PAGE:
940 F2d 1125 United States v. Hughes

940 F.2d 1125

UNITED STATES of America, Appellee,
v.
Walter Leslie HUGHES, a/k/a Walter Leslie Richardson, Appellant.

No. 90-5323.

United States Court of Appeals,
Eighth Circuit.

Submitted Feb. 13, 1991.
Decided July 23, 1991.
Certiorari Denied Oct. 7, 1991.
See 112 S.Ct. 267.

Paul Engh, Minneapolis, Minn., for appellant.

Jon M. Hopeman, argued (Jerome G. Arnold, Jon M. Hopeman and Denise Reilly, on brief), Minneapolis, Minn., for appellee.

Before FAGG, Circuit Judge, HEANEY, Senior Circuit Judge, and BEAM, Circuit Judge.

FAGG, Circuit Judge.


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1

A jury convicted Walter Leslie Hughes of two counts of aiding and abetting the distribution of cocaine, two counts of possession with the intent to distribute cocaine, two counts of distribution of cocaine, and one count of conspiracy to distribute cocaine. The district court sentenced Hughes to concurrent terms of ten years imprisonment on each of these counts. Hughes also was convicted on one count of possession of a firearm in relation to a drug trafficking crime and was sentenced to a term of five years to run consecutively with his other sentences.

2

Hughes contends the district court committed error in denying his motion to suppress approximately seven ounces of cocaine used to support one possession count and the gun used to support the firearm count. Officers seized these items during a search of a residence conducted with a valid search warrant issued for the purpose of locating stolen property. After the officers found all the property named in the warrant except a necklace, they found the gun under a bed and the cocaine in the pocket of a man's coat. Hughes argues the officers' seizure of the gun and cocaine violated the Fourth Amendment because the search exceeded the objective of the warrant, which did not name these items.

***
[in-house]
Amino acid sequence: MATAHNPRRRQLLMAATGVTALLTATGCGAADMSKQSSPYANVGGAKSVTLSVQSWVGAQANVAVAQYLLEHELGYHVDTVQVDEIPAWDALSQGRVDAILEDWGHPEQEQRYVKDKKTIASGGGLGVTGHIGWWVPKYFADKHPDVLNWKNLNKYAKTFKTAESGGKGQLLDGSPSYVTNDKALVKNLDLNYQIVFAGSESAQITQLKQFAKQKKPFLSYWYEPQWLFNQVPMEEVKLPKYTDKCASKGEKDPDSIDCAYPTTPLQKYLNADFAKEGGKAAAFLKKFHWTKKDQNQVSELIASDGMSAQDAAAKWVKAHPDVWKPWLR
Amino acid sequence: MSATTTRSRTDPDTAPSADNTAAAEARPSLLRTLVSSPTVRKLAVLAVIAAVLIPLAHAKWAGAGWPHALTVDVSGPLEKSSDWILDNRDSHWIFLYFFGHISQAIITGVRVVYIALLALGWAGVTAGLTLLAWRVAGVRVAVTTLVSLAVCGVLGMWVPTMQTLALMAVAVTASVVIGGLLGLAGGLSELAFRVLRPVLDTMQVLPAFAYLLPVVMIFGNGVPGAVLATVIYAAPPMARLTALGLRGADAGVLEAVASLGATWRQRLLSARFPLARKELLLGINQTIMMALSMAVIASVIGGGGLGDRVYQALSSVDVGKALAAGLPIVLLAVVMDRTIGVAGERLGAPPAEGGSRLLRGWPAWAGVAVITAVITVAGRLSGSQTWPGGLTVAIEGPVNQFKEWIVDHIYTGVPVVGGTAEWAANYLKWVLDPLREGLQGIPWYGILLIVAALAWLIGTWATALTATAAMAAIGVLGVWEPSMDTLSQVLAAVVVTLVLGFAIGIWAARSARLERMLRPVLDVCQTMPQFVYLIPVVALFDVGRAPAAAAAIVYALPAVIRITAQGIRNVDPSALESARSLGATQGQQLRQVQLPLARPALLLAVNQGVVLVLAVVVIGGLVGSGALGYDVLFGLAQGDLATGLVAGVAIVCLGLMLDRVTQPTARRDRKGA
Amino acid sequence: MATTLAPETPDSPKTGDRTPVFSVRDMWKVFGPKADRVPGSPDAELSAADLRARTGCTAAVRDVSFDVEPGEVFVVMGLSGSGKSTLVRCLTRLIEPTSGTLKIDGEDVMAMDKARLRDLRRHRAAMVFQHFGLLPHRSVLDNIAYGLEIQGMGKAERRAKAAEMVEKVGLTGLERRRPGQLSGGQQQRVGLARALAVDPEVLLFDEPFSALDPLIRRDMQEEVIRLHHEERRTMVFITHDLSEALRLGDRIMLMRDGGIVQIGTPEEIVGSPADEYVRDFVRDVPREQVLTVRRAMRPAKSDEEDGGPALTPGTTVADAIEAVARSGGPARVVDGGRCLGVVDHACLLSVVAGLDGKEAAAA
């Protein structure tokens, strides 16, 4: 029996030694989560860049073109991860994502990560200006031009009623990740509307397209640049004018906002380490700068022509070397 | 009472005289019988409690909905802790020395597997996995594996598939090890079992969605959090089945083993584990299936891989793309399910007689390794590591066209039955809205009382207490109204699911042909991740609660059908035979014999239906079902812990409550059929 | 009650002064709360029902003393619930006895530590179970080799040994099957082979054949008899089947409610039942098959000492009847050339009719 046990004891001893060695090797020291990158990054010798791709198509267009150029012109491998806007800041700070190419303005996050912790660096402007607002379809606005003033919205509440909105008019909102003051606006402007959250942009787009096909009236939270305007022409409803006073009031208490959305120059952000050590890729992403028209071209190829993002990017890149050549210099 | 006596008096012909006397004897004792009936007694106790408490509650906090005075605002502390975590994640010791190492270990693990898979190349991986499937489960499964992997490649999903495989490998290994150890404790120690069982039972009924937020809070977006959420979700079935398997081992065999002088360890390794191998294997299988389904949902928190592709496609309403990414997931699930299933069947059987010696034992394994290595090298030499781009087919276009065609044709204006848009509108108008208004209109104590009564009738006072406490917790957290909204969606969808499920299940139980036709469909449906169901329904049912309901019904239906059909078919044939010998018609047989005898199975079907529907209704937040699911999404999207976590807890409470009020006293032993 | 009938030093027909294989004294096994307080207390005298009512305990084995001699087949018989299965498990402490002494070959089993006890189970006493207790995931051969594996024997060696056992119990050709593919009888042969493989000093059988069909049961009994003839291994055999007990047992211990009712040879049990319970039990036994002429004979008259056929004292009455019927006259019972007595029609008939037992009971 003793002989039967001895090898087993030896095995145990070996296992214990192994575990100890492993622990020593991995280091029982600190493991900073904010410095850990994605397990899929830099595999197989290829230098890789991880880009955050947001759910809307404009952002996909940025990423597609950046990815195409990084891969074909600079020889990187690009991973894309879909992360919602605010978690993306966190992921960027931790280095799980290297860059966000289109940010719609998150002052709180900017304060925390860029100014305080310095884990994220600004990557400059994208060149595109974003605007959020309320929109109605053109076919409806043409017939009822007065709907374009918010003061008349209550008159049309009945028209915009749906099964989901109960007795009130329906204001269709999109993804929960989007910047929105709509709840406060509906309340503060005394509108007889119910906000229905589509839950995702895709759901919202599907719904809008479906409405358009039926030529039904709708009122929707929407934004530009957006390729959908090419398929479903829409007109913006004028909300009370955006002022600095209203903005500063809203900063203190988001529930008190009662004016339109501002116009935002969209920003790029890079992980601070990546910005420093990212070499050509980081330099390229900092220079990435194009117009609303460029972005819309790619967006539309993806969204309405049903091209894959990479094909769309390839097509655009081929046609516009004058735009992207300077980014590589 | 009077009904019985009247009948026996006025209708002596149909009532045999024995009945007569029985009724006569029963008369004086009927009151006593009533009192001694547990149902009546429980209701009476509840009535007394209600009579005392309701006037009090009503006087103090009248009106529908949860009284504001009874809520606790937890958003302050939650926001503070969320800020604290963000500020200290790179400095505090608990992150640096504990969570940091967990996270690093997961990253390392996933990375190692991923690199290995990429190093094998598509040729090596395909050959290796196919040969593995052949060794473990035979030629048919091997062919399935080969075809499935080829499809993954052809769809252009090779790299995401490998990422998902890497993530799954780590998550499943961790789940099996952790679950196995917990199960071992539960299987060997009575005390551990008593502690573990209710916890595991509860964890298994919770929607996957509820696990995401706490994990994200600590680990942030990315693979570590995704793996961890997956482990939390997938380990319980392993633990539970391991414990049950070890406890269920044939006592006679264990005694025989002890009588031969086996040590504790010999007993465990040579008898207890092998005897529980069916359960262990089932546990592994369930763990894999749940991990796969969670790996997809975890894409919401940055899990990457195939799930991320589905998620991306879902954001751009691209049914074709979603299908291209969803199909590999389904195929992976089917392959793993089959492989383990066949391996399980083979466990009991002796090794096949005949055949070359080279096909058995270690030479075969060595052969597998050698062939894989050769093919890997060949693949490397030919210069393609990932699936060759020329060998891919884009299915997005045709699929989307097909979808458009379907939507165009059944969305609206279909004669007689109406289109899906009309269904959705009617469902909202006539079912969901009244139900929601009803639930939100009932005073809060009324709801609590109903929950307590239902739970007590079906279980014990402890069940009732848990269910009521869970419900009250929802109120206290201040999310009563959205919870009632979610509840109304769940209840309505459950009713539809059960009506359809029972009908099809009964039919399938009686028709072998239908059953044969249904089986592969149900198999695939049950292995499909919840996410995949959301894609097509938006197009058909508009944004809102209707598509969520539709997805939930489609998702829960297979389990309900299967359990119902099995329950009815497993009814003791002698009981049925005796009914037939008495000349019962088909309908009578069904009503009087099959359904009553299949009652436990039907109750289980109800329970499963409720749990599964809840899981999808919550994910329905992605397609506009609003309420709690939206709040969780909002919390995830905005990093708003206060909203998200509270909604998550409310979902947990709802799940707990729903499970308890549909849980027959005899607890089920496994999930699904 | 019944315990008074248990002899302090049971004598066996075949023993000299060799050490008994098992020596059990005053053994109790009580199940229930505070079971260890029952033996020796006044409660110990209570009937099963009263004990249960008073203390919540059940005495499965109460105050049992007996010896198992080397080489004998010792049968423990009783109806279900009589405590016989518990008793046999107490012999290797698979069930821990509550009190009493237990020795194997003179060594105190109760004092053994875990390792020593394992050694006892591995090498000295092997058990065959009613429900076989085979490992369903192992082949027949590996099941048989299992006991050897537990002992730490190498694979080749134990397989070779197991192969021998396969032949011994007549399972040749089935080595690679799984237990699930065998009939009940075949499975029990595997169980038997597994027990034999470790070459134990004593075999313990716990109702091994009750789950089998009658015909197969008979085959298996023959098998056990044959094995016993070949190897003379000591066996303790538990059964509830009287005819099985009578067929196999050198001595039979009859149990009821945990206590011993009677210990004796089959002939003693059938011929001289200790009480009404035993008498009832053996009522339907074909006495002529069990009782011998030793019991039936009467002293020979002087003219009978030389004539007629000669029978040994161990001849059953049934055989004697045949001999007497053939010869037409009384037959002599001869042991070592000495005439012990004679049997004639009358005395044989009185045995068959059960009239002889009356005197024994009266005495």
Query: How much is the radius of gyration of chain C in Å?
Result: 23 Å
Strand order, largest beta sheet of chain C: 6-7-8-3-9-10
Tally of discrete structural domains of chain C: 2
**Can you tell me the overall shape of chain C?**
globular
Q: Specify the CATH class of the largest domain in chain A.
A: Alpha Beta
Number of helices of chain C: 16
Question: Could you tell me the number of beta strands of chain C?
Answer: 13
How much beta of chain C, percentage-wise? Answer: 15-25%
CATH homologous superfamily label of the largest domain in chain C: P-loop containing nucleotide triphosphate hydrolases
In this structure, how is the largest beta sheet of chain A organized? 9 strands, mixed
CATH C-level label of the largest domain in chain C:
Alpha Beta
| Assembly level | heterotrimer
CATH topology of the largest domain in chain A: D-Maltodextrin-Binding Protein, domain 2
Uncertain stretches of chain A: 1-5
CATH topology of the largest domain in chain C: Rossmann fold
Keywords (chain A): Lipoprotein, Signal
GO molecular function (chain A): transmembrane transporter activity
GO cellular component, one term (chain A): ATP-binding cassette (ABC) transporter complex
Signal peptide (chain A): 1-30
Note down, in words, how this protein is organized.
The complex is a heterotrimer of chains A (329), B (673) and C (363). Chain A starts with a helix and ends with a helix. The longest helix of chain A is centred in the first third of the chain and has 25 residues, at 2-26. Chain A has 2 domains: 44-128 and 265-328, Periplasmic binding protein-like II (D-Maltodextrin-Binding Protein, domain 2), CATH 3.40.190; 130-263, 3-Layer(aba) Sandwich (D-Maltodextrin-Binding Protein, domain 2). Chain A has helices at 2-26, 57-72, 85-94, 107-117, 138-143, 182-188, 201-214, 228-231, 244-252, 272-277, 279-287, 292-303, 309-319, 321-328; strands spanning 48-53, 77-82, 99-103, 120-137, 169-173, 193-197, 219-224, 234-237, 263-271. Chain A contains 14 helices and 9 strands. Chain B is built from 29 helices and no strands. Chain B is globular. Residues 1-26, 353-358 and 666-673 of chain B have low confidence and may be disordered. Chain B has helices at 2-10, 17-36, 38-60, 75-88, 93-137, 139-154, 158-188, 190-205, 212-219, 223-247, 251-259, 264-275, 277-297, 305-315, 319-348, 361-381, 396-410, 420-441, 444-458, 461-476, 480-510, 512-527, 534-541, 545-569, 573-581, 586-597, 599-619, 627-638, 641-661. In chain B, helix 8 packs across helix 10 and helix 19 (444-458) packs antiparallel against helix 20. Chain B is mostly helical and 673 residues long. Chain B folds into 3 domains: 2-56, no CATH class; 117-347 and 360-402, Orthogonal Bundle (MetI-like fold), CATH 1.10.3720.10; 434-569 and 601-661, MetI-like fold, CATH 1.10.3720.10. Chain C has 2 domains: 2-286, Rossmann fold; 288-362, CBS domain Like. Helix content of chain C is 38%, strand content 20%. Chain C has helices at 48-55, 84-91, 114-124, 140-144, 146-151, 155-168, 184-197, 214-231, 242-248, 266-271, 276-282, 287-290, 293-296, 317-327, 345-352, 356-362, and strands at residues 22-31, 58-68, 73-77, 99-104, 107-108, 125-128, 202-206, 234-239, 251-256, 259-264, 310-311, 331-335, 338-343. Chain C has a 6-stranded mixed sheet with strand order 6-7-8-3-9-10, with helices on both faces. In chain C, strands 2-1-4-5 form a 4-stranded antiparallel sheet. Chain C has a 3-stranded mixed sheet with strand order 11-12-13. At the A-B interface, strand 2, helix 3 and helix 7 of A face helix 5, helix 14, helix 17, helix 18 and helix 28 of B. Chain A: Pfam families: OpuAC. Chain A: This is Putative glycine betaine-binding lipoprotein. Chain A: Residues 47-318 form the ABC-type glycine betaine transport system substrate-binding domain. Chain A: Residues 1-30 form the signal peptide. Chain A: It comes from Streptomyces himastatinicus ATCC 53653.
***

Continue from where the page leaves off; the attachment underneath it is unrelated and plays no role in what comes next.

3

We conclude the gun and cocaine were properly seized under the plain view doctrine. This doctrine allows a police officer to seize evidence without a warrant when (1) "the officer did not violate the Fourth Amendment in arriving at the place from which the evidence could be plainly viewed," (2) the object's incriminating character is immediately apparent, and (3) the officer has "a lawful right of access to the object itself." Horton v. California, --- U.S. ----, 110 S.Ct. 2301, 2308, 110 L.Ed.2d 112 (1990); see also United States v. Wayne, 903 F.2d 1188, 1195-96 (8th Cir.1990) (pre-Horton case). The discovery of evidence in plain view need not be inadvertent. Horton, 110 S.Ct. at 2304, 2308 (eliminating inadvertence requirement of plurality in Coolidge v. New Hampshire, 403 U.S. 443, 91 S.Ct. 2022, 29 L.Ed.2d 564 (1971)).

4